negative" from a moisture test that was inherently flawed. Also, many moisture tests are done without adhering to strict ASTM guidelines controlling the methodology of the test. Poor Methods - Bad Data -p Poor Decisions
Sources Of Concrete Moisture And The Drying Process
Concrete is a mixture of fine and course aggregate, cement and water. After placement, concrete must both cure and dry. When the batch water is added to the dry components, a portion of the water chemically reacts with the cement particles and a process called hydration begins. Hydration produces the cement paste that adheres the aggregates together. The quality and strength of the cement paste depends upon the availability of moisture in the early stages of curing. Concrete is often kept wet for up to 7 days after initial placement to insure the best possible cure. During the curing process, a portion of the initial batch water is used up in hydration. It is chemically bound into the concrete and does not leave the slab.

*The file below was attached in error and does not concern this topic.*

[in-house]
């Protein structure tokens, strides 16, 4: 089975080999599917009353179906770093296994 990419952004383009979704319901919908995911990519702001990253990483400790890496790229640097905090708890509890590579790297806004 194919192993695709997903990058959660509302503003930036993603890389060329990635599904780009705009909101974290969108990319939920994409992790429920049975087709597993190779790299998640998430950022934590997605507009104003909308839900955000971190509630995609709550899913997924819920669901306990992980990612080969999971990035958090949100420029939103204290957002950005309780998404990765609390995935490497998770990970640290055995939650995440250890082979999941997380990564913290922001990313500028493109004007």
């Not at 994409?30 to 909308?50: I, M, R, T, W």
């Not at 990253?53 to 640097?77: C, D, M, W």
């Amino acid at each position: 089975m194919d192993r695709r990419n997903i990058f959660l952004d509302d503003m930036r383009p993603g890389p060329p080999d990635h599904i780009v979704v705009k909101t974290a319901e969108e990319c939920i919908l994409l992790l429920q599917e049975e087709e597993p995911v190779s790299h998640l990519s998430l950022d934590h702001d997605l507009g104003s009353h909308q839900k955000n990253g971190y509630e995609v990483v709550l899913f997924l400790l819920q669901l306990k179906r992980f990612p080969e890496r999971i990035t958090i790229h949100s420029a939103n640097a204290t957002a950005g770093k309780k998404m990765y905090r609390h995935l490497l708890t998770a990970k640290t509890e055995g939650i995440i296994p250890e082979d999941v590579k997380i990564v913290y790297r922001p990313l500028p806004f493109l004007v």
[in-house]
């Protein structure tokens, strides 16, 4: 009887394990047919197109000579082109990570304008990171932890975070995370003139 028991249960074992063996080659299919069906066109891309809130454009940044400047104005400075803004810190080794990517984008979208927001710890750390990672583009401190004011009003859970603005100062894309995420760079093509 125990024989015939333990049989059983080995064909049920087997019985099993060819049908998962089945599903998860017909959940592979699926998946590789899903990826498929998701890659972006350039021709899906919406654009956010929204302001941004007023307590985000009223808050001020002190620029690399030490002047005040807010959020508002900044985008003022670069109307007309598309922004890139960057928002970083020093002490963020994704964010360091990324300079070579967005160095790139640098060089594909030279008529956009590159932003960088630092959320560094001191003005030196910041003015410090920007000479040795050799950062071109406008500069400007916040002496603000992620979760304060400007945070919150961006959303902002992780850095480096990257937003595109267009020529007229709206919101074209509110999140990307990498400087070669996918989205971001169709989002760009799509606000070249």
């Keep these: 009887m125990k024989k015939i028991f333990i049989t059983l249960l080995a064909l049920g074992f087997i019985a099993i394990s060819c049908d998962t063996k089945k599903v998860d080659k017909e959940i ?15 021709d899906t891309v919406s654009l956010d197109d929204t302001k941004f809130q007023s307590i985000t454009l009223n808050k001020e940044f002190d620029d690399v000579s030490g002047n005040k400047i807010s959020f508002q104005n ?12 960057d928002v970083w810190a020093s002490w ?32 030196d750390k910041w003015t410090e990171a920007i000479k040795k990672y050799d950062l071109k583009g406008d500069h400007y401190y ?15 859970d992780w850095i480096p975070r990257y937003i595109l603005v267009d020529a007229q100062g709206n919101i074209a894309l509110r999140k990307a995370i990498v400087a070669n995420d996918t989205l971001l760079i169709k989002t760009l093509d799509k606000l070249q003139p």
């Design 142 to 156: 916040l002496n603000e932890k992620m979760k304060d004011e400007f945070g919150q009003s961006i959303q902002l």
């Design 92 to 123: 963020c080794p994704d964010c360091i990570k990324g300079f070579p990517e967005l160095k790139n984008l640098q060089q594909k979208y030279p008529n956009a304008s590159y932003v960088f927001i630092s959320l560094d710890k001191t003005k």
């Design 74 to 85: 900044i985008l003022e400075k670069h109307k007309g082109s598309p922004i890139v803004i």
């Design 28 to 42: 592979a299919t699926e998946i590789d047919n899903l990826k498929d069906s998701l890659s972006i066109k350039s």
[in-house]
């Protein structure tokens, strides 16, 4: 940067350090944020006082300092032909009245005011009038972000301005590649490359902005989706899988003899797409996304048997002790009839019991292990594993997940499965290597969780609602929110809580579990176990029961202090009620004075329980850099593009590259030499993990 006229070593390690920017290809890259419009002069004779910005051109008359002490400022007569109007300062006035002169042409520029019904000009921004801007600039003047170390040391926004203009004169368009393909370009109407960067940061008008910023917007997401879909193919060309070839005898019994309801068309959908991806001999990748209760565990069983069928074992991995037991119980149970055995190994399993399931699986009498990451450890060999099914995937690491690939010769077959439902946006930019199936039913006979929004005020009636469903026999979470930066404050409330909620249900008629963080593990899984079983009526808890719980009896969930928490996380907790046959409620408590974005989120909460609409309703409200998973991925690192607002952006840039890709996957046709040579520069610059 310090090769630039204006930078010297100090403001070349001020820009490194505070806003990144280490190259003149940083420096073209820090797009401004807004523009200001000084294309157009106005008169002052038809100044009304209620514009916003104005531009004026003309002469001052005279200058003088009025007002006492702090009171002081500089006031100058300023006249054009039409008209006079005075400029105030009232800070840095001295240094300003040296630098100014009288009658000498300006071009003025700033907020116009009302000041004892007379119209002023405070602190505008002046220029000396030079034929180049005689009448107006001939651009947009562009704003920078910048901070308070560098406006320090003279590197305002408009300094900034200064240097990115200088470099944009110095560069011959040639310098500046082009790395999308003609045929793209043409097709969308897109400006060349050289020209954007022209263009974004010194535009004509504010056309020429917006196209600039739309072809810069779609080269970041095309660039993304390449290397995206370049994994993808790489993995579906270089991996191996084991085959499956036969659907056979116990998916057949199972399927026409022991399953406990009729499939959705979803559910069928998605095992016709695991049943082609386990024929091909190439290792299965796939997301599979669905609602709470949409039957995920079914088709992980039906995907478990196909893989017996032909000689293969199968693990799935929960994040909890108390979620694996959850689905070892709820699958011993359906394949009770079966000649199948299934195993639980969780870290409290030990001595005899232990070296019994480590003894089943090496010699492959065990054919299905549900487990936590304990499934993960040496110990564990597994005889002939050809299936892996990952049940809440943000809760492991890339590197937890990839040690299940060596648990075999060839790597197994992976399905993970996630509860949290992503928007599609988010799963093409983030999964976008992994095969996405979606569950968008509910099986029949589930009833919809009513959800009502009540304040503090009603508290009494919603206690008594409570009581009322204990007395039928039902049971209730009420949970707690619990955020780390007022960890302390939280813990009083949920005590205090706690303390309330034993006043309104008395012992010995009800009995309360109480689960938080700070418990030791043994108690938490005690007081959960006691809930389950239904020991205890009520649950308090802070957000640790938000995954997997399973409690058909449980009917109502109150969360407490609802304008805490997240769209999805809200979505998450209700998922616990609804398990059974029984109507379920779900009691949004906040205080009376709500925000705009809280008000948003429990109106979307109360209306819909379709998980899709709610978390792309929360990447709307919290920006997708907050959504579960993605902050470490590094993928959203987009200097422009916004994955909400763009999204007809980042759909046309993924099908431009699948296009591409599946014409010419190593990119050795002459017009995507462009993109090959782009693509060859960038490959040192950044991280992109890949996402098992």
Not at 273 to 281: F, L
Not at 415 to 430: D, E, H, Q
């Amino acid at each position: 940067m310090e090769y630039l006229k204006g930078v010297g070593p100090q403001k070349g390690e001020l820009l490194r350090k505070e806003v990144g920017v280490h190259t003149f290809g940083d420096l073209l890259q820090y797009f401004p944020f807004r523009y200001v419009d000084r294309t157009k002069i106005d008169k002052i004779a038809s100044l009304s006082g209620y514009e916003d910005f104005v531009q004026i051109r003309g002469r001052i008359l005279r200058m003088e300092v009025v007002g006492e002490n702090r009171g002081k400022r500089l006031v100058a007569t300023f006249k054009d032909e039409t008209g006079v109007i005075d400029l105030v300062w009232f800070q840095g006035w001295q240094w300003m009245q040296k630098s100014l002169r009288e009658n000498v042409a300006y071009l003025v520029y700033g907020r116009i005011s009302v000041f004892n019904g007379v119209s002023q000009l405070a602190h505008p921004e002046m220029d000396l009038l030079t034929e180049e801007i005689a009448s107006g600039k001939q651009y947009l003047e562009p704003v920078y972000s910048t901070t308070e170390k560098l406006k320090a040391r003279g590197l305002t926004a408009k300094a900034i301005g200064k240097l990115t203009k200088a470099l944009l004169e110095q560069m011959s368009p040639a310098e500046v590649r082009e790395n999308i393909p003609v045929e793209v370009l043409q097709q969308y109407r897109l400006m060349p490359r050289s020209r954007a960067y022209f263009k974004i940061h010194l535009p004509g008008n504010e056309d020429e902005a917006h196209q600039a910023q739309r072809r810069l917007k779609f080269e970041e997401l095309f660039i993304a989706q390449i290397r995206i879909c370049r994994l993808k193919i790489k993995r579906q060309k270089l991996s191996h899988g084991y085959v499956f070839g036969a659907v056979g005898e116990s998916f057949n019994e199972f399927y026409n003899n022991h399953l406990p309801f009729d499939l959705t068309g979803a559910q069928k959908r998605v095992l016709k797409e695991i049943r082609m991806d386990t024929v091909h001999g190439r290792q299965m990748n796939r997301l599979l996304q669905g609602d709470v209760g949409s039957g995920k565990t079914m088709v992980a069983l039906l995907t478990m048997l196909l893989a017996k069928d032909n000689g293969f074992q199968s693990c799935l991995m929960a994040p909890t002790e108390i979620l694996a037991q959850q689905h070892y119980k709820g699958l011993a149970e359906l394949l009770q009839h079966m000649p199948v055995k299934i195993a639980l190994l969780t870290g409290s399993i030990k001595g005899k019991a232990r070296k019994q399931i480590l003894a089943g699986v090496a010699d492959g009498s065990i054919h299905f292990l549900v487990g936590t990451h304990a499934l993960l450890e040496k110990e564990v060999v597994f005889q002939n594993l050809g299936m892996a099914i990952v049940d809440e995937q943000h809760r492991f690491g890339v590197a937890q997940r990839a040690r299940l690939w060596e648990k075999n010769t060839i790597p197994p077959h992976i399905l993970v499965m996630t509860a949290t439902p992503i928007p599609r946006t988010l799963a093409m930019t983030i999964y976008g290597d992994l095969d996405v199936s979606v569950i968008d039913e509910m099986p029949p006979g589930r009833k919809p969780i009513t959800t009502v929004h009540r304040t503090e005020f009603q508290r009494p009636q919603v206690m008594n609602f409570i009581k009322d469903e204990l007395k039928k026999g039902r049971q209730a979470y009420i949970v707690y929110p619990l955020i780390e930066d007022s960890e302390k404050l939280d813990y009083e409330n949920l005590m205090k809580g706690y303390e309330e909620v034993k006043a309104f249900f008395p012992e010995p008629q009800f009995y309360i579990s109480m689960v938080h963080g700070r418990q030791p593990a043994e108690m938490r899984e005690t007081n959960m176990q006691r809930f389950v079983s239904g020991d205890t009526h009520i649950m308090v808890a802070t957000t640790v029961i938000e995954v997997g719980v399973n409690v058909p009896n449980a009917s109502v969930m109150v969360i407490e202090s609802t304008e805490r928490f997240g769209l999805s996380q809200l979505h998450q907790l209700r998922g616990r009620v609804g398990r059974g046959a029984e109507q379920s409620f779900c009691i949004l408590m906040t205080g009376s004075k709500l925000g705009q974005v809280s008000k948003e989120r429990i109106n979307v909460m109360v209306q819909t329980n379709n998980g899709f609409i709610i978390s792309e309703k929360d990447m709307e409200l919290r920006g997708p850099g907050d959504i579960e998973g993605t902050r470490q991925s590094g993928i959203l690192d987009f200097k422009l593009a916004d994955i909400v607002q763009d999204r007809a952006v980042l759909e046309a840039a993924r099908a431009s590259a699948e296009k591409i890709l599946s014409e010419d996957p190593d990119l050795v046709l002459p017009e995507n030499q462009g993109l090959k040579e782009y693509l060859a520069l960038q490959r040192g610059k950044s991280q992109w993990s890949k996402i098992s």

The batch water not used up in hydration is present in the mix to facilitate placing and enhance the workability of the concrete. It is called water of convenience or free water. The total amount of batch water added to the concrete is thought of in relationship to the
amount of cement in the batch. The water/cement ratio (weight of water = weight of cement) must be kept as low as possible. Concrete scientists have determined that ratios between 0.4 and 0.5 are optimal. Water of convenience makes up the largest portion of water that must leave the